"Sure." My hugely pregnant pal was looking right at me, her brown eyes thoughtful. Since she was a couple of steps above, I started to get scared. If she tripped, she'd kill us both. "Sorry about this, Betsy. And sorry about a couple of seconds ago. My back feels like someone's resting a set of barbells on it, and the barbells are on fire. It's not doing much for my mood. And you know…" She let out such a gusty sigh, I wondered if she'd float off the stairs like Mary Poppins. "The random deaths and stuff."

I waved it away, all of it, along with my fears of being squashed to death by a pregnant woman while clutching the dead body of my cat and fretting over my lack of pedicures. "Par for the corpse. Whoa. At least that didn't come off as a Freudian slip or anything." Had I said that? Had I really?

She giggled, thank God, then turned and started climbing the stairs again. Nonpregnant Jessica was rail thin and favored nail polish in colors like Day-Glo Orange or Aged Chartreuse (which, in case you're wondering, looks like vomit dried on a nail bed). Pregnant Jessica was not rail thin. At all. Quite the opposite of rail thin. What would that be, bovine fat? And she was avoiding all the chemicals she could. All of 'em! Which was only impossible.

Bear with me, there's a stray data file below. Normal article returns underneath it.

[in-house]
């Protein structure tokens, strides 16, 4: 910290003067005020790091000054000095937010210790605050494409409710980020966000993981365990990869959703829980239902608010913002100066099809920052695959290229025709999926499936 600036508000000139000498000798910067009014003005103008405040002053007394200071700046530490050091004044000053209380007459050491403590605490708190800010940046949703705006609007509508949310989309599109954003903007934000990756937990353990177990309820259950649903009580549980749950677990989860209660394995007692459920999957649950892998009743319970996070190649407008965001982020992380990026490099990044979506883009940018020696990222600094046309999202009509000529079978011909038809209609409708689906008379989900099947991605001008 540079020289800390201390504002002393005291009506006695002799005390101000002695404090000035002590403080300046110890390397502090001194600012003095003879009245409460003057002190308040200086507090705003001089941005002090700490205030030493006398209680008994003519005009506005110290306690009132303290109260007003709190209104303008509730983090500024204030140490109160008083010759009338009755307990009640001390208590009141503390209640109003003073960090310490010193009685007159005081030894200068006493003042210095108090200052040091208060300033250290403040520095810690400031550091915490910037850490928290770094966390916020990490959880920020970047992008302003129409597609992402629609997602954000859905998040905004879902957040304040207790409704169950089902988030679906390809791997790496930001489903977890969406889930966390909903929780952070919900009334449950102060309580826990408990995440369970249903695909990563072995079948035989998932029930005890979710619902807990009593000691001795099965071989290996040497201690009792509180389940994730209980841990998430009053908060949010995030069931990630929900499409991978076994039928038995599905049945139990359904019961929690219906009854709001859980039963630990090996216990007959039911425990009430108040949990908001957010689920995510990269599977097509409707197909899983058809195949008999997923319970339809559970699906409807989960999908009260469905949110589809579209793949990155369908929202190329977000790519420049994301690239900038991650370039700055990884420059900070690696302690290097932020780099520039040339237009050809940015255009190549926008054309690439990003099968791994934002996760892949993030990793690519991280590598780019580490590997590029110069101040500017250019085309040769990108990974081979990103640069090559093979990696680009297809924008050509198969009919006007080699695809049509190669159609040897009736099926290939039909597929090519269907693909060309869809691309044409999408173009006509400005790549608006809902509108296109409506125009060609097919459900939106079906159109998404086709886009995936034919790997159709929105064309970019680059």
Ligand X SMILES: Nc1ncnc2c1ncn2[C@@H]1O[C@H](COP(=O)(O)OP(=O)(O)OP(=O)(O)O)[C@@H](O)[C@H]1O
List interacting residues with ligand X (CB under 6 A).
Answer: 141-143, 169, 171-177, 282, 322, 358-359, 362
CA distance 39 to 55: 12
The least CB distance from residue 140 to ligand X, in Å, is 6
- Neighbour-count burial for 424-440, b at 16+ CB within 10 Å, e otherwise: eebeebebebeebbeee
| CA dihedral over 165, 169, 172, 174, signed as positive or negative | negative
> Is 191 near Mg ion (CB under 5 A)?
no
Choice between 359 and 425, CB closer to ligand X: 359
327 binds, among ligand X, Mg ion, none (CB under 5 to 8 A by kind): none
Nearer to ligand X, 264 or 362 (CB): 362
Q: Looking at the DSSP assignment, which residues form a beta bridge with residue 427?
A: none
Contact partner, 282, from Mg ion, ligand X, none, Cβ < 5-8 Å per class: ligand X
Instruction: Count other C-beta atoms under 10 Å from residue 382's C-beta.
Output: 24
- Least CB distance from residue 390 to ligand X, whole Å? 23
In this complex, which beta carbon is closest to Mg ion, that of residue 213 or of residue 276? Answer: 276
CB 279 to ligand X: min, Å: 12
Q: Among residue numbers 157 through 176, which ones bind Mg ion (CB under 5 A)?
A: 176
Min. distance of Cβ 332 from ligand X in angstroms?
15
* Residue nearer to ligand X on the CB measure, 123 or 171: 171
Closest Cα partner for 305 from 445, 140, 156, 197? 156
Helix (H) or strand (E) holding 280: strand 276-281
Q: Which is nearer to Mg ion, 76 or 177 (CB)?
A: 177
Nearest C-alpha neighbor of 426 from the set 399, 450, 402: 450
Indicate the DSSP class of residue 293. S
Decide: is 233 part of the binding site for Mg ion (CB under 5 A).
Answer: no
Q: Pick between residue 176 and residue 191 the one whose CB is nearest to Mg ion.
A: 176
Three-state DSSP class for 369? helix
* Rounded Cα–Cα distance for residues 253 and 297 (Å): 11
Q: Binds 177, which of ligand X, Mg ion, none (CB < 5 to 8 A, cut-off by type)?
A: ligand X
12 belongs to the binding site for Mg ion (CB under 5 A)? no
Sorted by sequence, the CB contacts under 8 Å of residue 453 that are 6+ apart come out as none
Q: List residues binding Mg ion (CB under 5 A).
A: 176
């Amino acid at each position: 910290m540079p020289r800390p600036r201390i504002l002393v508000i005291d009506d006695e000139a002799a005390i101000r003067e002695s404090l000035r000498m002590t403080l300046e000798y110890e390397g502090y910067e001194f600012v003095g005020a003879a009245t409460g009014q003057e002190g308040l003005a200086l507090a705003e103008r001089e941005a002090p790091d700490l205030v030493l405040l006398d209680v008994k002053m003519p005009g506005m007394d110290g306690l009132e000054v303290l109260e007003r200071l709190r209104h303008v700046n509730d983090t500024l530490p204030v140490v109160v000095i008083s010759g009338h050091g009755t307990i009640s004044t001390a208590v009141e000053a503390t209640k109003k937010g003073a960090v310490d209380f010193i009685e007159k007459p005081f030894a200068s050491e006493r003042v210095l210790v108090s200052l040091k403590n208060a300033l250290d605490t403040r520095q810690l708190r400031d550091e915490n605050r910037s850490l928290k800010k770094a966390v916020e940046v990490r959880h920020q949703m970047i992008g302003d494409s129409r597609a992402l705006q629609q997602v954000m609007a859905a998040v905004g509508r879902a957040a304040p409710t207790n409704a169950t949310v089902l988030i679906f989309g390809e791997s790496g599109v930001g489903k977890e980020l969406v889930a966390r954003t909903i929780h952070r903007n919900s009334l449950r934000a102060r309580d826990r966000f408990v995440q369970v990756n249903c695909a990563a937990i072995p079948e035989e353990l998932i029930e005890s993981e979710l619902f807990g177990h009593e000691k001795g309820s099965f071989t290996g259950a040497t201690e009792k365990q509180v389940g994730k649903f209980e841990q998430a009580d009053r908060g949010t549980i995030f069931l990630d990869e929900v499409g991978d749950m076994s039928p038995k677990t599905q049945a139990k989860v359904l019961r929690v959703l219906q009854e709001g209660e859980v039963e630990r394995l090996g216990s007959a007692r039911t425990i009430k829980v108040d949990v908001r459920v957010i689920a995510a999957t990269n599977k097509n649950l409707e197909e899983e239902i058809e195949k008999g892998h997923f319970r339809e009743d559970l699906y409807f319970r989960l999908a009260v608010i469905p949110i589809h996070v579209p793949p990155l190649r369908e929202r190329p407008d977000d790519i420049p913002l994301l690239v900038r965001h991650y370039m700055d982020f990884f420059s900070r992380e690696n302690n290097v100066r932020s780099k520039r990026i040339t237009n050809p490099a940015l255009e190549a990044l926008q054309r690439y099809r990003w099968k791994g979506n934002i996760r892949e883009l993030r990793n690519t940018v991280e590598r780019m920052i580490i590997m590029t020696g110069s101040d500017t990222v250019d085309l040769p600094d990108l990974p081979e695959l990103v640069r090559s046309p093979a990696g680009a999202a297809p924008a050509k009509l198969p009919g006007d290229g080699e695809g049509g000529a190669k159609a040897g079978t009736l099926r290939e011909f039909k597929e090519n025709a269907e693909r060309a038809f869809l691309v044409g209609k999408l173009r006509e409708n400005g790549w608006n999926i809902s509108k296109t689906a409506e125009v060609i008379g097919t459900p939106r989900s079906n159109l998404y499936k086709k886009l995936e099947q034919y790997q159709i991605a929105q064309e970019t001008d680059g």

So among other things, she wouldn't go near a salon (or sushi, of all things … like eighty-zillion Japanese women didn't eat sushi when they were knocked up?), which was a personal disaster for me. She was using all-natural deodorant (the kind that didn't work) and natural hair product (the kind that made her look like a pissed-off Rastafarian), and when I gently suggested a fetal-friendly salon massage, she slammed the door in my face (so to speak). All of this to say: this sucks. Who goes to a salon alone? Big-time boring. If Marc were still here, he'd love-